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Vitamin D Supplementation and All-Cause Mortality

 

Am Fam Physician. 2020 Jul 1;102(1):online.

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VITAMIN D SUPPLEMENTATION EFFECT ON ALL-CAUSE MORTALITY

BenefitsHarms

1 in 274 did not die from cancer over a period of 1.2 years

Not evaluated

No deaths from all causes were prevented

No cardiovascular deaths were prevented

VITAMIN D SUPPLEMENTATION EFFECT ON ALL-CAUSE MORTALITY

BenefitsHarms

1 in 274 did not die from cancer over a period of 1.2 years

Not evaluated

No deaths from all causes were prevented

No cardiovascular deaths were prevented

Study Population: Adults taking vitamin D supplements

Efficacy End Points: Decrease in all-cause mortality, cancer mortality, or cardiovascular mortality

Harm End Points: None

Narrative: Vitamin D supplementation has been a topic of debate for many years. Vitamin D is essential to skeletal health and may also have other extraskeletal benefits. Observational studies have shown that those with low vitamin D levels have higher cancer and cardiovascular mortality. There is ongoing research to determine if vitamin D plays a role in decreasing all-cause mortality. Previous systematic reviews and meta-analyses have shown that oral vitamin D therapy was associated with small decreases in all-cause mortality. Recent trials with double the number of participants have shown no benefit of vitamin D supplementation on mortality.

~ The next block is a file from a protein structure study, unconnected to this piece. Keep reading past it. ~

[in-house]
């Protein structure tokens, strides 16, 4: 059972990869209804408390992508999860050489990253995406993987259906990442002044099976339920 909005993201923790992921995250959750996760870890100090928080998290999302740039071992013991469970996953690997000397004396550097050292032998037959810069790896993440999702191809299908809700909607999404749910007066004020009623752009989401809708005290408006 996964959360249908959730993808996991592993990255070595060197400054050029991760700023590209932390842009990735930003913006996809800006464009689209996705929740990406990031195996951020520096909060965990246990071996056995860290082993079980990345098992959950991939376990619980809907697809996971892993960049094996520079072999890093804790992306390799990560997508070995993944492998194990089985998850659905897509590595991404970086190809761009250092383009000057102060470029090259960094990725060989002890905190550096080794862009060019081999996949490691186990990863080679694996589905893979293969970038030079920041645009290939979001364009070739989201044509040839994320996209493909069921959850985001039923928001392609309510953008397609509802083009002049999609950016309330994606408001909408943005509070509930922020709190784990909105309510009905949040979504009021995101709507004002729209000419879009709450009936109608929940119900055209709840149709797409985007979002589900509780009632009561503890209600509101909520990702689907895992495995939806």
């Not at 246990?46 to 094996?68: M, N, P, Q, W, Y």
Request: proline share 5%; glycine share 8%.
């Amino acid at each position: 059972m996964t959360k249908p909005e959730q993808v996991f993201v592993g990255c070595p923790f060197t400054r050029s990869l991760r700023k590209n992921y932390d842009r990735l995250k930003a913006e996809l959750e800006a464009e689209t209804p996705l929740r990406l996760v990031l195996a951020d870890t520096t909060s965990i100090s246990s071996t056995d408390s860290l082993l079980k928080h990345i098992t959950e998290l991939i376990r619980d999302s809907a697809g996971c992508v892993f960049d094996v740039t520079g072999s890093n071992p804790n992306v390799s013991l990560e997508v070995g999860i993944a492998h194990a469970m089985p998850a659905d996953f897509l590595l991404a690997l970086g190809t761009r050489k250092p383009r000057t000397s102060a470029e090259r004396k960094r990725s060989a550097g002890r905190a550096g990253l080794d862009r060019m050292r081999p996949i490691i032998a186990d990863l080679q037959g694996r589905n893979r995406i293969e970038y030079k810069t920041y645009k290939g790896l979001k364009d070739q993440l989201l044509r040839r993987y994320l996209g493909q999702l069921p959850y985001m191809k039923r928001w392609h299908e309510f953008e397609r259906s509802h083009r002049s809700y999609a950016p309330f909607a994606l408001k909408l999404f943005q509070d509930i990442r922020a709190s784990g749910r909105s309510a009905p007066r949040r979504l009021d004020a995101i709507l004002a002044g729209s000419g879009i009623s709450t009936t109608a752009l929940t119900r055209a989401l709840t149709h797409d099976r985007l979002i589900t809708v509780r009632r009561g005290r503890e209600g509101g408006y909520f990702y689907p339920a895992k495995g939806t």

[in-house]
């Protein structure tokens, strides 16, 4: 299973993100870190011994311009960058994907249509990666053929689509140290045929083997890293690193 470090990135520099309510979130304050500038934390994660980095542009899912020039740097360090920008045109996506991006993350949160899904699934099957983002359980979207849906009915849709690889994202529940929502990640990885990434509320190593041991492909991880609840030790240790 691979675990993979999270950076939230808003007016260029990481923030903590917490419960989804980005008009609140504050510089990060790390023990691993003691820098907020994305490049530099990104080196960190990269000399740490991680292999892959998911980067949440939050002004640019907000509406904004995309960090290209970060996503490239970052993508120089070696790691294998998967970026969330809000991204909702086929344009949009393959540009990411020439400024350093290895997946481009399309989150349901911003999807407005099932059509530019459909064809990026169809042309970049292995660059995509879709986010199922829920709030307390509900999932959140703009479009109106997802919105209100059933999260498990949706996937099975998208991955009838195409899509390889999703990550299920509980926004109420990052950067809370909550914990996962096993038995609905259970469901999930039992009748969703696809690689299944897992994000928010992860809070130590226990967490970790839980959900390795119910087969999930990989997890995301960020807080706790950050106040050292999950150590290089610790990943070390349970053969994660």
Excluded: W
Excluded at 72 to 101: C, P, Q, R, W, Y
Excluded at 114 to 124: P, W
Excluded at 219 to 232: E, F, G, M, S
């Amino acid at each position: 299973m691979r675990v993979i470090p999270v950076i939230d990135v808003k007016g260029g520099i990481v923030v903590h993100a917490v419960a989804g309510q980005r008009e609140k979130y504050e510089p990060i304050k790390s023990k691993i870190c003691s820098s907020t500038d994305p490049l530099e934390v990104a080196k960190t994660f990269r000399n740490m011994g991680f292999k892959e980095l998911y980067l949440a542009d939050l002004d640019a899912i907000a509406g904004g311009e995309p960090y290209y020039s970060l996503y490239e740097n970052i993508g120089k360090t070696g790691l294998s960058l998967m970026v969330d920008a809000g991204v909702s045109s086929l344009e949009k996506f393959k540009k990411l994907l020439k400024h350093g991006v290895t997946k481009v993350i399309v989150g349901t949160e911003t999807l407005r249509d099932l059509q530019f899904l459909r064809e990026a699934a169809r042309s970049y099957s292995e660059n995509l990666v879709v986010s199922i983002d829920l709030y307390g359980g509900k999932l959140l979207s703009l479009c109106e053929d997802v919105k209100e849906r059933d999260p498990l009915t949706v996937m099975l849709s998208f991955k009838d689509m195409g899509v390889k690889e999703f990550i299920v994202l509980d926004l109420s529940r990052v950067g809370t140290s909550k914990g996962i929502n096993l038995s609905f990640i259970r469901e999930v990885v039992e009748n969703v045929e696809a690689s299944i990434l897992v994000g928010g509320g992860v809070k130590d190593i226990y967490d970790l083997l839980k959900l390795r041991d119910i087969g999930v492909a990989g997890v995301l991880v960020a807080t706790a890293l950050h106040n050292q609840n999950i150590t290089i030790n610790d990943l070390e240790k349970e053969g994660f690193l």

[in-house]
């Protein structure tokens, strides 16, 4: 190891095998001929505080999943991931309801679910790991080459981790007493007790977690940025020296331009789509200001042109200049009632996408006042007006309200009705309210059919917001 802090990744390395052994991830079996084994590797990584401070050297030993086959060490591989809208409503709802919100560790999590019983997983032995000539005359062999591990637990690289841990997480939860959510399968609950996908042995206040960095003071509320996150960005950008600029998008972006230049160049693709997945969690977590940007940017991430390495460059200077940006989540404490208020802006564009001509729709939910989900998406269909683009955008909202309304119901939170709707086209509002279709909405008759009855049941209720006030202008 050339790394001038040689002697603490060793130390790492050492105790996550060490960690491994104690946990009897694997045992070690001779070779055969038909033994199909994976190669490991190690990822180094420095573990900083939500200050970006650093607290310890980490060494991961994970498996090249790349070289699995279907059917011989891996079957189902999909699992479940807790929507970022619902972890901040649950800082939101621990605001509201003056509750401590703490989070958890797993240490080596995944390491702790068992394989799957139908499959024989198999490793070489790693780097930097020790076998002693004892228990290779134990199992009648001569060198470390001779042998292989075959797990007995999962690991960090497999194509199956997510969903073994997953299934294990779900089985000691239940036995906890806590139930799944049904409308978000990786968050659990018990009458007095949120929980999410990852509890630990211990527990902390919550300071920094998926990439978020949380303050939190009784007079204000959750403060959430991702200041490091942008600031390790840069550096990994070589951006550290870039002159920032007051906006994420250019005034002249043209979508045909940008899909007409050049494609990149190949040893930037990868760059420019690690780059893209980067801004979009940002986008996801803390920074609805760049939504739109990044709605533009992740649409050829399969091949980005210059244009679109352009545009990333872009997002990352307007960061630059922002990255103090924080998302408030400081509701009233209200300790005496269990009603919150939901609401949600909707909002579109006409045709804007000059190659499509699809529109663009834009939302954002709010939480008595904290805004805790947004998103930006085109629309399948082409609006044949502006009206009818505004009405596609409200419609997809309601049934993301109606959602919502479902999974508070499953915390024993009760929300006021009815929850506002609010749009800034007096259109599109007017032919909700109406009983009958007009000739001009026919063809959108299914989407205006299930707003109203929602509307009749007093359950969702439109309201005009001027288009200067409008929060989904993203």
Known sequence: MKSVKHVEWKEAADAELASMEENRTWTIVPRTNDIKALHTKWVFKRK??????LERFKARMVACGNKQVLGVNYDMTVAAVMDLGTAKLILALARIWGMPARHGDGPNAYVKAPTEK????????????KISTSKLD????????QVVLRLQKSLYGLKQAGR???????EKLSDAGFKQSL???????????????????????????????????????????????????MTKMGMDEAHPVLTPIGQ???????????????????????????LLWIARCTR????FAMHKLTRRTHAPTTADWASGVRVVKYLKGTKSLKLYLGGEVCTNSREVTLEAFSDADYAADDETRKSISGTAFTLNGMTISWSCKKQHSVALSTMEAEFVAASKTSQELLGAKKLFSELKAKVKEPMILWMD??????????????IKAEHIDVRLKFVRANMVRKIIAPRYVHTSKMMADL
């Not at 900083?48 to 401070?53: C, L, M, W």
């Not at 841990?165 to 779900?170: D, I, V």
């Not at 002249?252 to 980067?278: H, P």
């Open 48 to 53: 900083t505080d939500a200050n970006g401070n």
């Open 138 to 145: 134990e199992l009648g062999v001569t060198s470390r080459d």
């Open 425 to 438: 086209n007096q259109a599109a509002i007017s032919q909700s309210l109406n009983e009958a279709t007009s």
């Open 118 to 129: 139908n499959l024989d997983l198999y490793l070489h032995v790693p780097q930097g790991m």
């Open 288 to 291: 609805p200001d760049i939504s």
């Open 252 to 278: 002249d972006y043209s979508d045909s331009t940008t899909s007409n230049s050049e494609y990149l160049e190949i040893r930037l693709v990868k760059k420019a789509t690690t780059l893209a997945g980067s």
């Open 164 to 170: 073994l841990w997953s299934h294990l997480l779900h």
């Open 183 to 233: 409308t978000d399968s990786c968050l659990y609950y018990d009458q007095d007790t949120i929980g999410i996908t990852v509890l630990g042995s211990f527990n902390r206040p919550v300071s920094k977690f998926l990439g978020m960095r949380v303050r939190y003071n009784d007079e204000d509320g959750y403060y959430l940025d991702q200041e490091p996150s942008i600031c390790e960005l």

This meta-analysis reviewed the effectiveness of vitamin D to reduce all-cause mortality, cancer mortality, cardiovascular mortality, noncancer or noncardiovascular mortality, cerebrovascular mortality, and ischemic heart disease mortality.1 It included 52 randomized controlled trials published before December 26, 2018 with a total of 75,454 participants. Intention-to-treat analysis was conducted to evaluate outcomes. Subgroup analyses were performed for dose (at least 2,000 IU per day and less than 2,000 IU per day), type of vitamin D (vitamin D2 and vitamin D3), timing of treatment (daily and intermittent), baseline serum 25-hydroxyvitamin D level (at least 20 ng per mL [49.92 nmol per L] and less than 20 ng per mL), and mean age at least 70 years and younger than 70 years). Retrospective subgroup analyses were also performed based on length of follow-up

Author disclosure: No relevant financial affiliations.

Reference

1. Zhang Y, Fang F, Tang J, et al. Association between vitamin D supplementation and mortality: systematic review and meta-analysis. BMJ. 2019;366:I4673.

 

 

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